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Discussion Starter · #1 ·
Sounds like a stupid question doesn't it?

But I'm serious.

I'm improving a discovery routine to a program. It has to discover, identify and measure all the Transponding zones on the longest mainline. It will only need to do this once during initial setup.

That is not a problem. That has been working for years.

Now I want to add a progress bar. Just to make the user interface a little simpler.

Since I don't have any idea how long it will take to make it all the way around, the progress bar starts out growing big fast, but then gradually slows down, slower and slower as it gets closer and closer to the end of the bar. The progress bar, will never make it all the way to the end, until the loco actually makes it all the way around.

I'd like for the progress bar to about show half done on the average railroad for most home users when the train is about half way arround.

For that, I need to know how long it takes on most railroads for a train to go arround the mainline.

So, take a guess. Running at the speed you normally operate, about how long would it take for a typical train, without stopping, to make
one complete trip around the longest mainline on your railroad.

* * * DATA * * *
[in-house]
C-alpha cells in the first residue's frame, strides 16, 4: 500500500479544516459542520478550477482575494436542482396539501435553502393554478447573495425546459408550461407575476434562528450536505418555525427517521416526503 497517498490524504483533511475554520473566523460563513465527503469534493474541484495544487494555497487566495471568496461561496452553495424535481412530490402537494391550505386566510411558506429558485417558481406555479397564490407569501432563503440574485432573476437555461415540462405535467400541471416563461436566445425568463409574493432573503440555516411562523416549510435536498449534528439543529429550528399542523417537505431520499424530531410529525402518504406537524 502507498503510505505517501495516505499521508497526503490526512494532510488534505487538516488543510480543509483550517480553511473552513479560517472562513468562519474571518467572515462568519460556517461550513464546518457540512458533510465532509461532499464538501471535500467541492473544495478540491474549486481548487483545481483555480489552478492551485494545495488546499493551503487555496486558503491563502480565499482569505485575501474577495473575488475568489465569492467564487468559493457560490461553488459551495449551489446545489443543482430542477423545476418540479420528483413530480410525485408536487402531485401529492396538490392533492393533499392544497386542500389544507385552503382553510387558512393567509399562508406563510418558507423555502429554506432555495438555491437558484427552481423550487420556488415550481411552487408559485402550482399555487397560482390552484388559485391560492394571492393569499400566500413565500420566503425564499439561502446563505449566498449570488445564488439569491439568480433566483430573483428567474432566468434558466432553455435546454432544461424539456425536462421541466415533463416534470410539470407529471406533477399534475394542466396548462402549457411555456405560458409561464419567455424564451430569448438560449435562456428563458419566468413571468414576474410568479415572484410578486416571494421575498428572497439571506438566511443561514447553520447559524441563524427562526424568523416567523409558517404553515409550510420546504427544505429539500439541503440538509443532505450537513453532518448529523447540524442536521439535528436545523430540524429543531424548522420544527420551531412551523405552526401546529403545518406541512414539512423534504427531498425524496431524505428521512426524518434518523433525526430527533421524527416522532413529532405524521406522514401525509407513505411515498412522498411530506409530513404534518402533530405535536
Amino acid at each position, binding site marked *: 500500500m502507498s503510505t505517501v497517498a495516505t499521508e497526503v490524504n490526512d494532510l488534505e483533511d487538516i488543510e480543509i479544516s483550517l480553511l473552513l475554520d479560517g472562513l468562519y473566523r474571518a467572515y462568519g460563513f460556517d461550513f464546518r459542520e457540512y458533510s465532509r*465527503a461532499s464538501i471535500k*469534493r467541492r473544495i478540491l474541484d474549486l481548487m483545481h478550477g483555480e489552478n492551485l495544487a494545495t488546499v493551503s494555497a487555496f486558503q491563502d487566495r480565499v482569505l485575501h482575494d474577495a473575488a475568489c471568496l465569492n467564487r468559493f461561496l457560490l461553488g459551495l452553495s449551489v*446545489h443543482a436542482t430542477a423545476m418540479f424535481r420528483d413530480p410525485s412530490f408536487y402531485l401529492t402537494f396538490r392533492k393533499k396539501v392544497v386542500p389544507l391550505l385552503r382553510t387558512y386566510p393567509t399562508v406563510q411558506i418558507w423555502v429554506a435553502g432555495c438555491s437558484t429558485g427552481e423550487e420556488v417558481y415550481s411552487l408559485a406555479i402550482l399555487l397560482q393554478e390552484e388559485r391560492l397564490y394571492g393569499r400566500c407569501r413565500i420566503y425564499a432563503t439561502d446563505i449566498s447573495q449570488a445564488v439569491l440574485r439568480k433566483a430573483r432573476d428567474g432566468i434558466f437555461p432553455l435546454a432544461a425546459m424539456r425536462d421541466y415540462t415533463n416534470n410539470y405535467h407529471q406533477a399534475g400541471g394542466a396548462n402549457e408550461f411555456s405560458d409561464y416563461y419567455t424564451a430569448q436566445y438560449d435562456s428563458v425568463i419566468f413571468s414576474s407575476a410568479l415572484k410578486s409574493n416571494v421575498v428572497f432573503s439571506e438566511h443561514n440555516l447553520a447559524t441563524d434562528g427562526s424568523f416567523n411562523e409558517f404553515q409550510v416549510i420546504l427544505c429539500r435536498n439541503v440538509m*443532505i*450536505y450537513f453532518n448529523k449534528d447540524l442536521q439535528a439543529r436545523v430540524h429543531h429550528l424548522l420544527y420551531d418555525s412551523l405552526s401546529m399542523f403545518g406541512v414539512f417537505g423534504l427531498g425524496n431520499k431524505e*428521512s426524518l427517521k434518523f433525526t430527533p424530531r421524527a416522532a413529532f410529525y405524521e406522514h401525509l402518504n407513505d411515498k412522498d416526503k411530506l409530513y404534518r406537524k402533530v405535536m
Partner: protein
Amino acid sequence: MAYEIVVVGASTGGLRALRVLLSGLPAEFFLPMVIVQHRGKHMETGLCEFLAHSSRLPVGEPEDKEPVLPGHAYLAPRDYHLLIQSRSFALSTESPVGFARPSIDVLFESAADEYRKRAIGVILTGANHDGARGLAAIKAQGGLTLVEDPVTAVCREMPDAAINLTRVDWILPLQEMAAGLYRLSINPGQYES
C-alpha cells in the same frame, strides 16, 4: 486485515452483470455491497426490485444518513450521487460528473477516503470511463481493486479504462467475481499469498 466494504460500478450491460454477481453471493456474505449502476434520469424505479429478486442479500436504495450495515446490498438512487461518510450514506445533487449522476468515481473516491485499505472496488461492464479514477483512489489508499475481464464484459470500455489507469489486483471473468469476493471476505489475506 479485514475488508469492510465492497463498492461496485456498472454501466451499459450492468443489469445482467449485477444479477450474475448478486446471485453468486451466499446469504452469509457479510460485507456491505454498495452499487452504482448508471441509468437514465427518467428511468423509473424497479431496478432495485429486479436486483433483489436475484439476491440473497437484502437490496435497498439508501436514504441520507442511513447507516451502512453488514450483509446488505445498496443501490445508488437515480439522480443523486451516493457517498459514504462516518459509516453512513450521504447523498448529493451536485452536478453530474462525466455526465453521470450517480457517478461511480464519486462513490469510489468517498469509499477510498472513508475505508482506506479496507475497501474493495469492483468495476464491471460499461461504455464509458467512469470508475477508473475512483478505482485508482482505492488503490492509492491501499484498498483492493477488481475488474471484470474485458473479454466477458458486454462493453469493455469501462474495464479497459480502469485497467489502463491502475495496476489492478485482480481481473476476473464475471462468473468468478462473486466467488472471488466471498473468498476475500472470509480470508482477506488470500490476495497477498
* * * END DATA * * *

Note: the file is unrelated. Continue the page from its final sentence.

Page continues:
If you have, (or had) more than one layout please include additional railroads.

Example 1. My garden railroad has one scale mile of track, I normally run at about 15 scale MPH. So, my first layout is:

(1) G scale = 4 minutes

Example 2. My little N Scale shelf layout is about 1/2 scale mile on the main. I run typically run 30 scale miles per hour. So My second railroad is :

(2) N scale = 1 minute

So, How long does it take for a loco to go around YOUR mainline?

B0B
 

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15 mph???? 50 to 60 mph here. I have no idea. I usually do an onboard video, the time the video after it makes two loops. not sure with 3 loops now.
 

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Discussion Starter · #3 ·
Shays and Forneys here. The just don't look right at 60?

I run diesels on the N scale layout, but the layout is just too short to run at real speeds.

So, How long is a video of two complete loops?
 

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I have a little less than a scale mile of mainline (160 real feet.. 4640 "scale" feet).. It takes me about a minute and a half at a scale 40 mph.
 

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Bob,
Instead of a typical progress bar, why not have a counter that indicates the number of feet "discovered" to date? That way, you're still showing "progress", but you don't have to worry about how long it is before it is actually measured.
 

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Well..... If my daughter is operating it takes about 12-15 seconds. If I'm running it takes maybe 40 seconds... but I have a whopping 215 INCHES of mainline (about 18 feet or 7/100 of a scale mile) hehehe
 

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Obviously the answer will depend on...

1. The length of the mainline, and...
2. The "average" operating speed.